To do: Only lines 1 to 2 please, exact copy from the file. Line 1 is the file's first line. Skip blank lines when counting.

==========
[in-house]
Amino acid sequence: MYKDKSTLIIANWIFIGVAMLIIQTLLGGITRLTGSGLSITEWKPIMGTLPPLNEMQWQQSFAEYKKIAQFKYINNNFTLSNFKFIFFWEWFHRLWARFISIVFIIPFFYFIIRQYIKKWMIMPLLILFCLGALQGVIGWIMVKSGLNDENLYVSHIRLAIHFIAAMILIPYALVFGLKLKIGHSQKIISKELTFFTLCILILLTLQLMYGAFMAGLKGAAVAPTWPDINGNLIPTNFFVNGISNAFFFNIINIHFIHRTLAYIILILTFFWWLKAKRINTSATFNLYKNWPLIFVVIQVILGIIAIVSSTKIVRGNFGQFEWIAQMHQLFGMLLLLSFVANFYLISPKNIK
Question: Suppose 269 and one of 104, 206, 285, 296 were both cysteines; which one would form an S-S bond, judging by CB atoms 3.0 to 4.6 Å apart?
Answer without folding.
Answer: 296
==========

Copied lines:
[in-house]
Amino acid sequence: MYKDKSTLIIANWIFIGVAMLIIQTLLGGITRLTGSGLSITEWKPIMGTLPPLNEMQWQQSFAEYKKIAQFKYINNNFTLSNFKFIFFWEWFHRLWARFISIVFIIPFFYFIIRQYIKKWMIMPLLILFCLGALQGVIGWIMVKSGLNDENLYVSHIRLAIHFIAAMILIPYALVFGLKLKIGHSQKIISKELTFFTLCILILLTLQLMYGAFMAGLKGAAVAPTWPDINGNLIPTNFFVNGISNAFFFNIINIHFIHRTLAYIILILTFFWWLKAKRINTSATFNLYKNWPLIFVVIQVILGIIAIVSSTKIVRGNFGQFEWIAQMHQLFGMLLLLSFVANFYLISPKNIK